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Welcome to the Relativism Factory

TRUE CONFESSIONS OF A TEACHER-SPY

By R. Kenton Craven | May 2010
Dr. R. Kenton Craven is a scholar-in-exile, living in Sparta, Tennessee.

“The devil of educationism that possesses us is the kind that can be cast out only by prayer and fasting.” — Flannery O’Connor

“My advice to all parents is…anything that William Heard Kilpatrick and John Dewey say do, don’t.” — Flannery O’Connor

The quotes above are happily borrowed from the chapter headings of the excellent book John Dewey & the Decline of American Education: How the Patron Saint of Schools Has Corrupted Teaching and Learning by Henry T. Edmondson III (ISI Books, 2006), which thoroughly explores the nature of the anti-philosophy that has become institutionalized in our public education system. A distinguished Southern scholar who has written widely on ethics and literature, including on Flannery O’Connor and J.R.R. Tolkien, Edmondson has bravely trekked through the desert wastes of forty volumes of what must be the most muddled prose to ever attain to such demonic power over a culture. Keeping his bearings by the polestars of Plato, Aristotle, Newman, Chesterton, and others who understand genuine education as having something to do with content and character, Edmondson tracks the beast of educationism to its ultimate lair, where lie the scattered bones of countless students devoured by relativism and nihilism.

An education professor I encountered a few years ago contended with my argument that relativism is institutionalized in the public schools: “I never talk about relativism, and I suspect most teachers in the public schools don’t even recognize the term.” True, the modern teacher is unlike Dickens’s Thomas Gradgrind in Hard Times who recites his doctrine ad nauseam:

Now, what I want is, Facts. Teach these boys and girls nothing but Facts. Facts alone are wanted in life. Plant nothing else, and root out everything else. You can only form the minds of reasoning animals upon Facts: nothing else will ever be of any service to them. This is the principle on which I bring up my own children, and this is the principle on which I bring up these children. Stick to Facts, sir!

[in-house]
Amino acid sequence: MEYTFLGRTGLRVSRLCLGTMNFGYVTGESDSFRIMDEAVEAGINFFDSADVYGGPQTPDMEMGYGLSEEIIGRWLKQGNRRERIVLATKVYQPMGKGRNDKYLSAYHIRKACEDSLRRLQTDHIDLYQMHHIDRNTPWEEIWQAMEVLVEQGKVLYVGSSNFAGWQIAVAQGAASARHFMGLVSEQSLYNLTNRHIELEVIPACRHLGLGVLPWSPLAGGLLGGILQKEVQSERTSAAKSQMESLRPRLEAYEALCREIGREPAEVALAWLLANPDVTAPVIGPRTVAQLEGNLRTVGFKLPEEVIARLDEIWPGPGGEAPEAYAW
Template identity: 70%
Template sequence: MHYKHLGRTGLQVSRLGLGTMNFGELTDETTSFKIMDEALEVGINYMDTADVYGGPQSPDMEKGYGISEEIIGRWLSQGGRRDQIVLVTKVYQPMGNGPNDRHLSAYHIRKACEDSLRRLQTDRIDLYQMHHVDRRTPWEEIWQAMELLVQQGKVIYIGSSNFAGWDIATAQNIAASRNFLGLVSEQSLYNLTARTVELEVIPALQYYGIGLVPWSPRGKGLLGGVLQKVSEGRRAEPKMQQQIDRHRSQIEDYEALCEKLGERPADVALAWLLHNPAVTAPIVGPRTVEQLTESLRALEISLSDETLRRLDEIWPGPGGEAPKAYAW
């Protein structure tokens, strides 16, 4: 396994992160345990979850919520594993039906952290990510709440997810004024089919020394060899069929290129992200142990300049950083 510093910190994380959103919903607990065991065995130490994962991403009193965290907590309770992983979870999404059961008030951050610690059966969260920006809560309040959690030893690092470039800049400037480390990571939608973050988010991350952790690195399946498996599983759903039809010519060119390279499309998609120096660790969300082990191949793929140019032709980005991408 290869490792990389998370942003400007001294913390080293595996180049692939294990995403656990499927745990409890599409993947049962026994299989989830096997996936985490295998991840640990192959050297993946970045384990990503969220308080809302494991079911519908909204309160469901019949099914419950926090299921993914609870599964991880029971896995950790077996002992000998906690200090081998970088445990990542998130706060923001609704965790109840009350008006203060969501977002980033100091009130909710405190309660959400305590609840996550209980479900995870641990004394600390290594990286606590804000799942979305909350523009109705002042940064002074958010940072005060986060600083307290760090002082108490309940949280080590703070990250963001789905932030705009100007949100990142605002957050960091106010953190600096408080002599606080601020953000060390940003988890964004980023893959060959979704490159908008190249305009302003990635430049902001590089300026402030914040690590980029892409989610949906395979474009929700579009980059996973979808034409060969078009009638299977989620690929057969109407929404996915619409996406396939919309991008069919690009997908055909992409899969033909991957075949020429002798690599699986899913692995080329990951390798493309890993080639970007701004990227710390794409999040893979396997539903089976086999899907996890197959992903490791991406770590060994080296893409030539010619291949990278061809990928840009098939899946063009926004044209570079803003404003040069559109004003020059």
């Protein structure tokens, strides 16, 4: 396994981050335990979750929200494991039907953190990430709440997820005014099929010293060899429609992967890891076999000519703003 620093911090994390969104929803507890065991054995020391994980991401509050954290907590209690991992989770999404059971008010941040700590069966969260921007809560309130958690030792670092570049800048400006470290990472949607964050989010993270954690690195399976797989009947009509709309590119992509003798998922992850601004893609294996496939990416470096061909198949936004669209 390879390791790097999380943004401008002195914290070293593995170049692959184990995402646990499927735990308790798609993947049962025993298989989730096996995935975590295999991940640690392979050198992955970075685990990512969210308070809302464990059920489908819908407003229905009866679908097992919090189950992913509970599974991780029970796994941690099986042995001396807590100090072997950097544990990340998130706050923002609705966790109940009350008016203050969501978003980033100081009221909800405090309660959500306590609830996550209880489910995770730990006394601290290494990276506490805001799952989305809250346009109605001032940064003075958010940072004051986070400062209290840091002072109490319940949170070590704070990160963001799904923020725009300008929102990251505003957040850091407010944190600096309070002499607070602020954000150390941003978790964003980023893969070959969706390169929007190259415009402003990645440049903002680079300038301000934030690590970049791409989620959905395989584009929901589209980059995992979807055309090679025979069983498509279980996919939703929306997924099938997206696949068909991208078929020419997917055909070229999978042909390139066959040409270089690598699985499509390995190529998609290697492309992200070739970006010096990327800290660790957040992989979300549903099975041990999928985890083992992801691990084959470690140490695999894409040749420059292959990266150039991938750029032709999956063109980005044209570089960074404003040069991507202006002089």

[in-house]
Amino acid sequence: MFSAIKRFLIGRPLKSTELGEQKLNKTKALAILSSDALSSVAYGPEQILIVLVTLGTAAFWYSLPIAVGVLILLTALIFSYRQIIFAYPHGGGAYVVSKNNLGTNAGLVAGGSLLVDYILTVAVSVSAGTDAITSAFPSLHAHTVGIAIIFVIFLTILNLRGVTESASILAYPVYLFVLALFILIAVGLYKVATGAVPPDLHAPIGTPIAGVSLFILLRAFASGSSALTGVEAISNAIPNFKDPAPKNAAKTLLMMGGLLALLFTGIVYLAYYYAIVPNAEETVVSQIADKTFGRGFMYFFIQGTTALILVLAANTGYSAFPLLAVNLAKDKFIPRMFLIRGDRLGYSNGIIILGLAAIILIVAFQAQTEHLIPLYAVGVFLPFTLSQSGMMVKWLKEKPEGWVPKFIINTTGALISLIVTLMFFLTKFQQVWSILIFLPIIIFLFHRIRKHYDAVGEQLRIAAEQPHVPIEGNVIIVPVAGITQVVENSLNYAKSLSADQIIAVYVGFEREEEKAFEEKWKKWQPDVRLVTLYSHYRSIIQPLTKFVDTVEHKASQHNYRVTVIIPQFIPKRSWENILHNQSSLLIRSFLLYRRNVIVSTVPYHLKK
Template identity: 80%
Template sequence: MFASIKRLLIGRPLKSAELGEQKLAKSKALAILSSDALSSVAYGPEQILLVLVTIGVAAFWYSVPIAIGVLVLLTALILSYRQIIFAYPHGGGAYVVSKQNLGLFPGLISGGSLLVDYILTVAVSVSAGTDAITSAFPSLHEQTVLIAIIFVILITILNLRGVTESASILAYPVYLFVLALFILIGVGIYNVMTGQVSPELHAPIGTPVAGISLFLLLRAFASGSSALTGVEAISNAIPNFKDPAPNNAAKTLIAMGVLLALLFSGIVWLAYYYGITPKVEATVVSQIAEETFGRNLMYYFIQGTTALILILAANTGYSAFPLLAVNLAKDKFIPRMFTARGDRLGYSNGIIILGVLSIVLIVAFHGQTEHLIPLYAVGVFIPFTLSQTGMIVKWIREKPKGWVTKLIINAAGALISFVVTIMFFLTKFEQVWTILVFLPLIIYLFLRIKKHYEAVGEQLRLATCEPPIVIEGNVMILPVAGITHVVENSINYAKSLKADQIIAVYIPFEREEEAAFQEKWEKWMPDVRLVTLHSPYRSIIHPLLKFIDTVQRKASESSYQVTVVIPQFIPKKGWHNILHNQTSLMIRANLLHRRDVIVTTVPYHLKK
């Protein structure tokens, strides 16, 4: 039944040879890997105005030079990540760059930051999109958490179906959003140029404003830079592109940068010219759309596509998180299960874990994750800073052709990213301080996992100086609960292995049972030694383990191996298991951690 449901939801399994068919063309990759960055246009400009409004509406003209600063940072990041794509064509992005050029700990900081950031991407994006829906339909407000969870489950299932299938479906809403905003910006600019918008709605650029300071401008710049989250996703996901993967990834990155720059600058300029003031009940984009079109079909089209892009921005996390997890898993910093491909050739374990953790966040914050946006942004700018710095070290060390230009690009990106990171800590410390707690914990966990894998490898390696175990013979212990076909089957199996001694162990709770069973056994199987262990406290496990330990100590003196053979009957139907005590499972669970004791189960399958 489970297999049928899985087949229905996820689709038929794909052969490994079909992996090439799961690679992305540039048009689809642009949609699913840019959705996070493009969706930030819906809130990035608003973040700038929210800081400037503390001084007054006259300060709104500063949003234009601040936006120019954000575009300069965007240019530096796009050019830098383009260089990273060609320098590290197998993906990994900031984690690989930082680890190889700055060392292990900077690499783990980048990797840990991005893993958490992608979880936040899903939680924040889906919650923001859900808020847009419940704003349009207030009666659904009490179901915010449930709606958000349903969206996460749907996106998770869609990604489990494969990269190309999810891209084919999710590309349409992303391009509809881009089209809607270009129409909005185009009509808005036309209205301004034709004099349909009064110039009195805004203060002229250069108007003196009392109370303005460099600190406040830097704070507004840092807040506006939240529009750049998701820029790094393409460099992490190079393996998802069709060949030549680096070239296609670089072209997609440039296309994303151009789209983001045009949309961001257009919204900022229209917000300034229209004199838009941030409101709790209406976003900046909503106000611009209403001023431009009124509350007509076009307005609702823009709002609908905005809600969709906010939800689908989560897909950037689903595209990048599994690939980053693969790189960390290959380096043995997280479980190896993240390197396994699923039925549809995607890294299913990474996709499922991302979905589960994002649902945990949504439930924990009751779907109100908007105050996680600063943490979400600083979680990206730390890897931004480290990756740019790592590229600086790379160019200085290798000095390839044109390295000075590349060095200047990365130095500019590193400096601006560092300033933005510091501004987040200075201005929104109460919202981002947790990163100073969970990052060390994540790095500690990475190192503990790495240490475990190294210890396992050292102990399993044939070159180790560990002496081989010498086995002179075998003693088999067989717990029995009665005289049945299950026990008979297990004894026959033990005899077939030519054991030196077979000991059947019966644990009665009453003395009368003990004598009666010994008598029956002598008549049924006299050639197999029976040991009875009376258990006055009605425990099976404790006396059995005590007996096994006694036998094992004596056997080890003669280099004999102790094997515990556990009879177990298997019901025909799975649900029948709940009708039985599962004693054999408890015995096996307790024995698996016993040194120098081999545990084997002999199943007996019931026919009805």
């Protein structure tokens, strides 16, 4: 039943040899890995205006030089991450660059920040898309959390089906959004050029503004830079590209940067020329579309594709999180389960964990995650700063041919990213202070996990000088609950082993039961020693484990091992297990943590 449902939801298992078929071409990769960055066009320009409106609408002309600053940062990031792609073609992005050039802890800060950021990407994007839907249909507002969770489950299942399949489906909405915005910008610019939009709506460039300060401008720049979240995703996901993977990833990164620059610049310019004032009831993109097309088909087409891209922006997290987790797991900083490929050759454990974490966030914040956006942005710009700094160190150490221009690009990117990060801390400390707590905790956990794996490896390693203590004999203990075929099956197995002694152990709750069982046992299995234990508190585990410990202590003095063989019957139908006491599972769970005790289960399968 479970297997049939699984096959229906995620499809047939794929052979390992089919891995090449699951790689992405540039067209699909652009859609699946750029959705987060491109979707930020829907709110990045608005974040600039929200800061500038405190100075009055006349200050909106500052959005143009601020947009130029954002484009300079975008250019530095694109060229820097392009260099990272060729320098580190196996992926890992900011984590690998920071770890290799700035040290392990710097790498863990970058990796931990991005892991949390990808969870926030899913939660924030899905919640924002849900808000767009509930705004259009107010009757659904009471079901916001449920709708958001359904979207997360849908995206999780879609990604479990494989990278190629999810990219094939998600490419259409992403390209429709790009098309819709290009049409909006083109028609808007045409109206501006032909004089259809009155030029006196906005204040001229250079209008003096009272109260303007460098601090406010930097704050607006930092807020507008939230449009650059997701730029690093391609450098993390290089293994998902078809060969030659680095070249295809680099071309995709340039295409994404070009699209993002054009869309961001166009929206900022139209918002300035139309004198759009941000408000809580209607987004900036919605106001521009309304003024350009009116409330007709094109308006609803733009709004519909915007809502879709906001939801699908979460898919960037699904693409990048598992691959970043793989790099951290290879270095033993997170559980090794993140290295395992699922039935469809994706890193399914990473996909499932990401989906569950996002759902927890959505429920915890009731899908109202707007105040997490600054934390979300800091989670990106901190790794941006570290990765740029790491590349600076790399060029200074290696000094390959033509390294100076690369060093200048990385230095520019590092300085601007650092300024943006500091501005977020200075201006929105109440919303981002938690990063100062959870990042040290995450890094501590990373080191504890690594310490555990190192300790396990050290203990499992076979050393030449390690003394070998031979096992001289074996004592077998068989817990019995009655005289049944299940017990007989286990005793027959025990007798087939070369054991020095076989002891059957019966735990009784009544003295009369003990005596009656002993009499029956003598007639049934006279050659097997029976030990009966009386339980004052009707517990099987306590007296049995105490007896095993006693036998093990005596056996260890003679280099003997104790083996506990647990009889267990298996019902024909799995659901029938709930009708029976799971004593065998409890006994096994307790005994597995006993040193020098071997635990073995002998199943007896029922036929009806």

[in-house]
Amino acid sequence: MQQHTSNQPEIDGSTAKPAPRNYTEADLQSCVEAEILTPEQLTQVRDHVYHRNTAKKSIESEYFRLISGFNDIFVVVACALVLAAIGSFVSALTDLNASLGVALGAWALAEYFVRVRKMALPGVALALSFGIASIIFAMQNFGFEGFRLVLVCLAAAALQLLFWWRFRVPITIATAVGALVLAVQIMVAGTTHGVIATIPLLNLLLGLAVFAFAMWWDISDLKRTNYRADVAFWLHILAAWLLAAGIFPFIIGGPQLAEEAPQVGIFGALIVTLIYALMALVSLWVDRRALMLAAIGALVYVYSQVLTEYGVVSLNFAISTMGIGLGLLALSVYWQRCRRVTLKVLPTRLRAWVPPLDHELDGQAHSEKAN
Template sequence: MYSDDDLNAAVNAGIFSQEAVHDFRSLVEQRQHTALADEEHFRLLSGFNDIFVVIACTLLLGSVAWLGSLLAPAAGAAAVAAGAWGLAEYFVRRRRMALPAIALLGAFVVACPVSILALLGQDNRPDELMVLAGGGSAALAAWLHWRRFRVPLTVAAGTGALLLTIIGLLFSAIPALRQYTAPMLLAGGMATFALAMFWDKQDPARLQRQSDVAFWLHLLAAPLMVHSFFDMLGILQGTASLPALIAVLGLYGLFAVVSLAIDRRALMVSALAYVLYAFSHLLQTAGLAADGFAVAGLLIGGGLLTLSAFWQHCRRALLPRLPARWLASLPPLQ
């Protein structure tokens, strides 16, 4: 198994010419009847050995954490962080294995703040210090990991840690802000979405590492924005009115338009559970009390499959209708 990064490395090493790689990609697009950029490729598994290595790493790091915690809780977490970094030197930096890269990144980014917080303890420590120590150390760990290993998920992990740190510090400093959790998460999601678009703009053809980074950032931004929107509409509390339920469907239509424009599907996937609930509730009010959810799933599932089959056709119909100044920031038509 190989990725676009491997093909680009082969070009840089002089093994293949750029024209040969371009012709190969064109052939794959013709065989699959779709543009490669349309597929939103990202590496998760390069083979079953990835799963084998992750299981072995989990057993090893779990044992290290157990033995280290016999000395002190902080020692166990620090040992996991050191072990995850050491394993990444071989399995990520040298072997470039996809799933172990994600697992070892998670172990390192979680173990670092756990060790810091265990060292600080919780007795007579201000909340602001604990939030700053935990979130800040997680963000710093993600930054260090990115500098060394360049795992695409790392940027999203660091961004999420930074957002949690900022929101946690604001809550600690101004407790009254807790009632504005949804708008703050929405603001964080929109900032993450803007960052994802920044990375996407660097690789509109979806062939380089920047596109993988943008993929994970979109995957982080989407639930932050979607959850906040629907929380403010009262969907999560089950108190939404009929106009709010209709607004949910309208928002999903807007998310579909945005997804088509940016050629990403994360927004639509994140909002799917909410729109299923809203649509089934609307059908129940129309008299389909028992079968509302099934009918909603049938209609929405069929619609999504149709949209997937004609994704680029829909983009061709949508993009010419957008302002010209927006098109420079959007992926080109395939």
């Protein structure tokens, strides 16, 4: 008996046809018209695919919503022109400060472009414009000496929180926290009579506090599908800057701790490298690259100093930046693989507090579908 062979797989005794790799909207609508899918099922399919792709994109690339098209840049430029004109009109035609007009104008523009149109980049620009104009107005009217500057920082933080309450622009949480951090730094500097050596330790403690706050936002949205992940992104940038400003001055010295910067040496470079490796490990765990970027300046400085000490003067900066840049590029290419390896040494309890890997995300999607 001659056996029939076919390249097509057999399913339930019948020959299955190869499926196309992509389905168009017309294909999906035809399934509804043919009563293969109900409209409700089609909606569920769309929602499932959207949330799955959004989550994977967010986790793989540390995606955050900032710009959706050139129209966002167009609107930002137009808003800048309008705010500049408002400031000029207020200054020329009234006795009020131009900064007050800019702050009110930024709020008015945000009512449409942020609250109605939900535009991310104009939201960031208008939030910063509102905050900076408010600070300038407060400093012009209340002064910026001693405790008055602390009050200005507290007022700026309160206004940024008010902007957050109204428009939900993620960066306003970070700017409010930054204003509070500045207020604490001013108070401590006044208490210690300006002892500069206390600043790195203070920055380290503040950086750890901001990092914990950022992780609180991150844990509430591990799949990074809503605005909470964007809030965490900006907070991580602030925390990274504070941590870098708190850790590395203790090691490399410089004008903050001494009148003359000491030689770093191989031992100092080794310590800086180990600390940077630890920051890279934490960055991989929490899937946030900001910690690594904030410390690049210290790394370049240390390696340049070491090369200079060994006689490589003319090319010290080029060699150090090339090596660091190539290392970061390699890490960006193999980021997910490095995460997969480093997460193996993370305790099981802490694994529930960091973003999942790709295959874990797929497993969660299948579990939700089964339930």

No, most teachers in the public schools know little of relativism as a doctrine, nor for that matter do they recognize facts, but they all recognize the mantras: “Well, it’s all relative,” or “It all depends on where you sit.” Revenge as a way of life is not an explicit dogma in the prisons, but it is institutionalized as an unspoken assumption in both the keepers and the kept. It permeates their system like a virus, everywhere active, everywhere invisible, witness to the inner law expressed by W.H. Auden in “September 1, 1939”: “The error bred in the bone/ Those to whom evil is done/ Do evil in return.” Relativism operates the same way in public education; even its most dangerous carriers are unaware that they are infected. As a result, they exhibit the kind of mindlessness that has destroyed the very possibility of genuine education — and for that matter genuine thought — in America.

To understand how this institutionalization takes place, check into a modern university as a teacher-spy and inspect its very dirty laundry for clues. As such a battle-scarred teacher-spy, I have read Edmondson’s study with a painful delight of recognition. Permit me to corroborate his findings with a bit of autobiography.

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